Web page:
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SOFIA Mission Director Thanks Platform Interface System (PIS) Team for Smoothest Telescope Commanding System Yet
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SOFIA Mission Director Thanks Platform Interface System (PIS) Team for Smoothest Telescope Commanding System Yet

The Stratospheric Observatory For Infrared Astronomy's (SOFIA) upgraded PIS, which commands the SOFIA Telescope Assembly (TA), has been supporting operations during science flights since January 14, 2020. Unlike the original system, which routinely crashed during operations, the upgraded PIS has not crashed once, nor had a single incident that is the root cause of observing issues encountered during flight. SOFIA ended it’s 2021 southern deployment in Tahiti, French Polynesia, with 100% data collected on every leg of the deployment.

The SOFIA Mission Director thanked the PIS and other software and hardware upgrade teams: “While on the last flight yesterday, I was thinking about the flights here and how well they have gone in terms of the observatory mission systems. I wanted to stop for a minute and thank you all (again) for the work on the PIS Upgrade - and corresponding hardware including the TA… I don’t think that I have been on so many consecutive flights where the observatory has run so smoothly – and the only things we had to overly concern ourselves with were things beyond our control” (weather, training new staff, COVID restrictions/concerns, etc.) – “we very much appreciate having such stable and reliable mission systems and TA while here in Tahiti; and of course that helped enable us to get maximum science while in the air!”

BACKGROUND: SOFIA is the largest airborne observatory in the world and consists of a Boeing 747SP carrying a 2.4-meter reflecting telescope. PIS is the data processing and control hub for the SOFIA observatory. It allows for communication between the TA, science instruments, telescope operators, and astronomers, and implements the SOFIA Control Language (SCL) logic required to coordinate TA actions for the science instruments and telescope operators.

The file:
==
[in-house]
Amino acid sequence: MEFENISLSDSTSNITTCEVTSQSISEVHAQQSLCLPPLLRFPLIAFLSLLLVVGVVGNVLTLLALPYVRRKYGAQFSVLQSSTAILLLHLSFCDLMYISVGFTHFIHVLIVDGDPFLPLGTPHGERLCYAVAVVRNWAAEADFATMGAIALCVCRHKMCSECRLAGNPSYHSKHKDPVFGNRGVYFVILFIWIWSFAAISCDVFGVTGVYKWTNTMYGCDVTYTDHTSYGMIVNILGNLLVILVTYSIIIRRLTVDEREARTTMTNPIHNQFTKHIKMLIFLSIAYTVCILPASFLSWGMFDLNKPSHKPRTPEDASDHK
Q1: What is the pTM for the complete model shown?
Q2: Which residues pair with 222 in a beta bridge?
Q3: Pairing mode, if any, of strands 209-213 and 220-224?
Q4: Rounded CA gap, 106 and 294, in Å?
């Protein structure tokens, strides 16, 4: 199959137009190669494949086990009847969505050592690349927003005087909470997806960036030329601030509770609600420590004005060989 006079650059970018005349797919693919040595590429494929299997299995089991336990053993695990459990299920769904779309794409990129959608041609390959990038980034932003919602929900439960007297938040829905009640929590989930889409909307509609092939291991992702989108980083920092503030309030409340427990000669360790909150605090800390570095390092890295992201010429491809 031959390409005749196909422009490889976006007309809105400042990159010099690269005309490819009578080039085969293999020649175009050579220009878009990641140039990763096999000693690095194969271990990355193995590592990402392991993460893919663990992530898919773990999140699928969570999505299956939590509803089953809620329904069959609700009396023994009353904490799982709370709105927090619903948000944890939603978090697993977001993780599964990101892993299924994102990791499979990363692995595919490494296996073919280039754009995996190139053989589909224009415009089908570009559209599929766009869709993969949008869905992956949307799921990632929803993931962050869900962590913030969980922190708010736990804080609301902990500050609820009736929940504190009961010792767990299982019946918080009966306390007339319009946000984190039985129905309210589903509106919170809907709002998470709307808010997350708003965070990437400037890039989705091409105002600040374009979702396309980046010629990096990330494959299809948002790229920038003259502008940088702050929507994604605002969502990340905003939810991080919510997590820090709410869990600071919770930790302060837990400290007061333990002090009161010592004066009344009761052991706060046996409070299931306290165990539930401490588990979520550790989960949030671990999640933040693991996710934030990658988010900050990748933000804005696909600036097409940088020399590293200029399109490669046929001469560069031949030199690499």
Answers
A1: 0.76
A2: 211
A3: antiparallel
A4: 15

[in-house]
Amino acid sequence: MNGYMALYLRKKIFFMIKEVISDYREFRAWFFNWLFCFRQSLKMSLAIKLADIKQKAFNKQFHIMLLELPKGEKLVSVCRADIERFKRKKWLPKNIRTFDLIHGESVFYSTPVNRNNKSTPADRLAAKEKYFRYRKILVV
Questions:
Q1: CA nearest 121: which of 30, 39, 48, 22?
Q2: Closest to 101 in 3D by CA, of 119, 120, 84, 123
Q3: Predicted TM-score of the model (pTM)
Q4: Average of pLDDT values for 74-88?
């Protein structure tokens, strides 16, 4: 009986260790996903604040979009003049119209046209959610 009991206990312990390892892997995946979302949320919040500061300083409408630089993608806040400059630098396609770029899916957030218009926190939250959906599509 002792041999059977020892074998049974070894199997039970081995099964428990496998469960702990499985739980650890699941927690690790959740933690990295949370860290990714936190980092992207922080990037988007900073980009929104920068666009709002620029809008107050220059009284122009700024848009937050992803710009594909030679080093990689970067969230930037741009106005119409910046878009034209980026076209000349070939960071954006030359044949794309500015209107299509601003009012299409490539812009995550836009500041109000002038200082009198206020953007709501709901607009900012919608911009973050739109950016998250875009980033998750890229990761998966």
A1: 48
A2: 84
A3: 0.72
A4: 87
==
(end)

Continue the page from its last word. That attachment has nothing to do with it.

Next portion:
In 2014, the Intelligent Systems Division was tasked with standing up a NASA team comprised of developers from Ames Research Center (ARC) and Armstrong Flight Research Center (AFRC) to maintain the original PIS, which took L3 Technologies (formerly L-3 Communications) over ten years to develop. It took our ISD-led team over three years to stabilize PIS so that it did not crash multiple times during each science flight. Once PIS was relatively stable, the team obtained the SOFIA Program’s approval to rearchitect and rewrite PIS in 24 months. During this time period, the team held to the schedule and met every milestone, even with a five-week government shutdown. Ultimately, the team delivered a new system that is stable, has better pointing accuracy, and is orders of magnitude faster than the old system.

NASA PROGRAM FUNDING: Stratospheric Observatory For Infrared Astronomy (SOFIA) Program, Science Mission Directorate (SMD)

TEAM: Lee Brownston (SGT), Scott Christa (SGT), Steve Culp (Wyle), Brian Curlett (AFRC), Mary Alice Grossman (AFRC), Qi Lin (SGT), Vikie Moore (SGT), John Rasmussen (SGT), Sam Santiago, Hao Thai (SGT), May Windrem, and Enya Yang (SGT); COLLABORATORS: Mike Gross (USRA) and Bill Wohler (Wyle); CUSTOMERS: Astrophysics at large and the Deutsches SOFIA Institut (DSI)

POINT OF CONTACT: May Windrem, may.n.windrem@nasa.gov

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